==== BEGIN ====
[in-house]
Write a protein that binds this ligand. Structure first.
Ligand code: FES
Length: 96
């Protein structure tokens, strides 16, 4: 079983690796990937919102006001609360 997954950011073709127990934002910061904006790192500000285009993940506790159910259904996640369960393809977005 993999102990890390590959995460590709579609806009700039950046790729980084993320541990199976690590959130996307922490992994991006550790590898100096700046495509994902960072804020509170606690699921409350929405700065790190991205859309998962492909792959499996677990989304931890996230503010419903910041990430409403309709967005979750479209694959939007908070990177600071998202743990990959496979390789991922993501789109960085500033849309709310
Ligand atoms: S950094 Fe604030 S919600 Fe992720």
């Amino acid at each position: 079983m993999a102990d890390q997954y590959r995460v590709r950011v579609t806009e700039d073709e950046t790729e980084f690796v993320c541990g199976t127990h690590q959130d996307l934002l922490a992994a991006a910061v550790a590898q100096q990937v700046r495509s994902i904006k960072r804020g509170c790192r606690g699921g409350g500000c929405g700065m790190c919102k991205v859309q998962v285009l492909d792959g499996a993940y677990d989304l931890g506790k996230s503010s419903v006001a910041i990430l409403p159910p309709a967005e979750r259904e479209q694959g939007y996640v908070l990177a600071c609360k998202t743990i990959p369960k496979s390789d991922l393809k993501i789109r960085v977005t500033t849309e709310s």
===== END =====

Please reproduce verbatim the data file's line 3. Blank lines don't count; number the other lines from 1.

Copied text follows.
Ligand code: FES